I forget sometimes that she’s not 80 anymore. She got all worked up before that party too. She’s a perfectionist and a worrier and a real force to be reckoned with. I remember spending a day driving around with her to shop for party supplies and how tiny the glass of wine seemed at dinner, how ordering another seemed pointless because that wasn’t going to do it either.

And then an hour before her party started, a kitchen cabinet fell off its hinge and smacked her in the head. She was okay – just a little shaken up – but another family member remarked later it had been like a Wizard of Oz moment. Before the head bonk, her party loomed like a terrorizing tornado. After the head bonk, the air felt oddly tranquil, my grandmother sedate in silver sequined slippers.

The fight her and I got in about this party, like most fights, wasn’t really about the party. It was about something that will be hard to remember 10 years from now. Already it seems silly and sad that I chose to get upset and react. Usually when I talk to her, I keep my emotions in a separate box, locked from the inside, and they understand well enough to lay low. This time Hurt Feelings heard me on the phone and said “I’m hungry.” Righteous Indignation heard and said “Yeah me too…let’s go ask for a snack.”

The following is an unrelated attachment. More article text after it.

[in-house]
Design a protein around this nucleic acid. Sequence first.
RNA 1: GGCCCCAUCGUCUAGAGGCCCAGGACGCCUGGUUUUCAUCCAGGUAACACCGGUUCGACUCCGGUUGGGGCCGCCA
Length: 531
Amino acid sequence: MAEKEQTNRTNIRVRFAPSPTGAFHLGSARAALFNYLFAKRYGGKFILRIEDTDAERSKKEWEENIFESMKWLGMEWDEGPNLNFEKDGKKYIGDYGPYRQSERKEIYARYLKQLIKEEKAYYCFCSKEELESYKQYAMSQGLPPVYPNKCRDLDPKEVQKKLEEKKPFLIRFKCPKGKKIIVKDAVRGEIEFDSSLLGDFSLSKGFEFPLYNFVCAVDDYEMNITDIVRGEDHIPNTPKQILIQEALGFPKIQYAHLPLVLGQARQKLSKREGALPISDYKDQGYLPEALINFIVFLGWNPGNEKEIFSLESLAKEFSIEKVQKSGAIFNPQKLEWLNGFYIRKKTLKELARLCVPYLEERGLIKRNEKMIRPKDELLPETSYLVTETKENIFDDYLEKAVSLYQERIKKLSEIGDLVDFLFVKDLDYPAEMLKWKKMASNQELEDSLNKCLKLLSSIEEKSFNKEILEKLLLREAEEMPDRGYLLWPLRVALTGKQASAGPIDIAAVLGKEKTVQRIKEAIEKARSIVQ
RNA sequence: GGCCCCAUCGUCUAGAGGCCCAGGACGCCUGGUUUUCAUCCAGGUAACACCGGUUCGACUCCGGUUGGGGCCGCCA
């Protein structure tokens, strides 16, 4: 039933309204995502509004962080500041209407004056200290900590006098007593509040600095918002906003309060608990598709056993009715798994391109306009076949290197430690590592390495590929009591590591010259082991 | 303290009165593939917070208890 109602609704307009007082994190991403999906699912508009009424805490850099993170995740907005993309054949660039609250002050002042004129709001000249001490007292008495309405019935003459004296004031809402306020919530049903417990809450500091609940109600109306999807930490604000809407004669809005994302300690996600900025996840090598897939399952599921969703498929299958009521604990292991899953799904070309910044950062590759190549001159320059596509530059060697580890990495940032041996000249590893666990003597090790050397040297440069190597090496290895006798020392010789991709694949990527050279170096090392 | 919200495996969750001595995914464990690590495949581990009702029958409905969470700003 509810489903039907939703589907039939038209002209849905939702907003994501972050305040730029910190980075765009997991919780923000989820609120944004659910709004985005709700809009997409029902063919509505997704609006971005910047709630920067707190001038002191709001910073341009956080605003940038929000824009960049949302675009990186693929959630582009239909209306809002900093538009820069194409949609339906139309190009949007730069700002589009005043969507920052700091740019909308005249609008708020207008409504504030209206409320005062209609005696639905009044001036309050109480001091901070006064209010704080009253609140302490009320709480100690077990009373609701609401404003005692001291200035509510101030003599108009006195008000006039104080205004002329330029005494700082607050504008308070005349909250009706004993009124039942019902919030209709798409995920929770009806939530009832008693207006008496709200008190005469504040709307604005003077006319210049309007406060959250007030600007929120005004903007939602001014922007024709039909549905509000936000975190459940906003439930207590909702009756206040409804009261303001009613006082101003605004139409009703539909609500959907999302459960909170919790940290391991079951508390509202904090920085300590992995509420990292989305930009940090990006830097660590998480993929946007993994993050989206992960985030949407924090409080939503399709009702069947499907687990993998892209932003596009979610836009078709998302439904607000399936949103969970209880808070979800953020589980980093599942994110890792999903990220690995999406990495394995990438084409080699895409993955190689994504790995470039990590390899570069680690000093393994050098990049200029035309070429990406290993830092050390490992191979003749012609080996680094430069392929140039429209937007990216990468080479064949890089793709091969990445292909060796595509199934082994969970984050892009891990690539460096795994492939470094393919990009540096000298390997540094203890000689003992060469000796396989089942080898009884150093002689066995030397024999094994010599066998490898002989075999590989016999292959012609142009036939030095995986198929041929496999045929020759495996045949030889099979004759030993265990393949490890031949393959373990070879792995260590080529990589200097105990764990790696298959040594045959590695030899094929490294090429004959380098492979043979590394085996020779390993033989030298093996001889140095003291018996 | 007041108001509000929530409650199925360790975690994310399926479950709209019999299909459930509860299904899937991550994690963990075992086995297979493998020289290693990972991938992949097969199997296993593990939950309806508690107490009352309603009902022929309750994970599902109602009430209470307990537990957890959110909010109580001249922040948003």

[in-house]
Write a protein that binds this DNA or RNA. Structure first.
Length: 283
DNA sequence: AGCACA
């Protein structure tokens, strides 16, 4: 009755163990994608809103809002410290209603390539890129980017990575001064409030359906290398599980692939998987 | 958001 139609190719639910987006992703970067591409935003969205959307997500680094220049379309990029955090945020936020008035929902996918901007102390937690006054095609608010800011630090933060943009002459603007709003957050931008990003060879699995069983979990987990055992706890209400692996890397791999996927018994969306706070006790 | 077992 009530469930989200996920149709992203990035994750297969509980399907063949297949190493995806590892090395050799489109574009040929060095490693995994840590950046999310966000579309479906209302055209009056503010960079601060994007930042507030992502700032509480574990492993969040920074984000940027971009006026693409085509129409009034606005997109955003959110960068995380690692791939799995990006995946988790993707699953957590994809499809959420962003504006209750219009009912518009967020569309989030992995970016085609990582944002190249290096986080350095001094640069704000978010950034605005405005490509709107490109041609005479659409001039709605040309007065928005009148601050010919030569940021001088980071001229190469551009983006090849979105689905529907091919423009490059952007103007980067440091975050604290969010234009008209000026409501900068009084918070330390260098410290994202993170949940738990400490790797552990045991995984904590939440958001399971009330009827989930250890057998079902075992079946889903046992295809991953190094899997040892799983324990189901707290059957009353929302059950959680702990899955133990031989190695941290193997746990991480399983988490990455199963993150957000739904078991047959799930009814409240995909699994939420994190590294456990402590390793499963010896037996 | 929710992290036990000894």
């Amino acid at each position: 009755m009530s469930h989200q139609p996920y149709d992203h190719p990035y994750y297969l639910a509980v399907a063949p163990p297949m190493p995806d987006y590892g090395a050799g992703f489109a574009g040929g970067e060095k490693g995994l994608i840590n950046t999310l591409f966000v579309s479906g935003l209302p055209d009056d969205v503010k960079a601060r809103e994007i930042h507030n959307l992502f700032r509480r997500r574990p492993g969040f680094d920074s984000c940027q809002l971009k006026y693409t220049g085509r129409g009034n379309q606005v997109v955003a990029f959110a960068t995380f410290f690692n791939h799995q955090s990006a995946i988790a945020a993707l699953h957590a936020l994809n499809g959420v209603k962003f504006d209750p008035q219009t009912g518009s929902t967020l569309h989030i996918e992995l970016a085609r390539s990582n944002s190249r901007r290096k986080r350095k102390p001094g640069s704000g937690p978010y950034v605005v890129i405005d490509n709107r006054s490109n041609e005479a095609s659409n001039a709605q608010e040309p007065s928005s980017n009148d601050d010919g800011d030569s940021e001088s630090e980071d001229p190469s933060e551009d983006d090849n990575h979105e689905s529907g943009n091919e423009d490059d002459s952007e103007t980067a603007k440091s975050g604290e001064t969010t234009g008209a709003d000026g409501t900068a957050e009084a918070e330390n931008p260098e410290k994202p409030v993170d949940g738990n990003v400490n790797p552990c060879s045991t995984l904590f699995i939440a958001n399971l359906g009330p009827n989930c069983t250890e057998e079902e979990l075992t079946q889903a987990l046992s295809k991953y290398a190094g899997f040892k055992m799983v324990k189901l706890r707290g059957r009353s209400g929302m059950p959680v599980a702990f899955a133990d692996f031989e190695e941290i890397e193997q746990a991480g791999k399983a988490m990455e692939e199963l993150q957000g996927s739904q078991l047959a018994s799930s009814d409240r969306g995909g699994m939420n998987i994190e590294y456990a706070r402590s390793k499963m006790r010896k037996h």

Probably my lowest point in the argument with my 90 year old grandmother was when I told her we probably shouldn’t be planning this party in the first place. We should have just taken her somewhere nice for dinner instead. She never asked for a party in the first place, but it was already too late to call off and cruel of me to say, even though we both knew it was true. 

I had a dream about the party the other night. It was something about tiny, delicious sandwiches and I hadn’t ordered enough. Good lord, I am not a party planner. I don’t even like parties when all I have to do is show up. But I said to a friend a few weeks ago, before things got so crazy, that the difference between this party and her 80th is I’m sober now. Theoretically I have more energy and focus, though much less free time. I just wanted my gift to my grandmother to be a nice party. I am not giving up.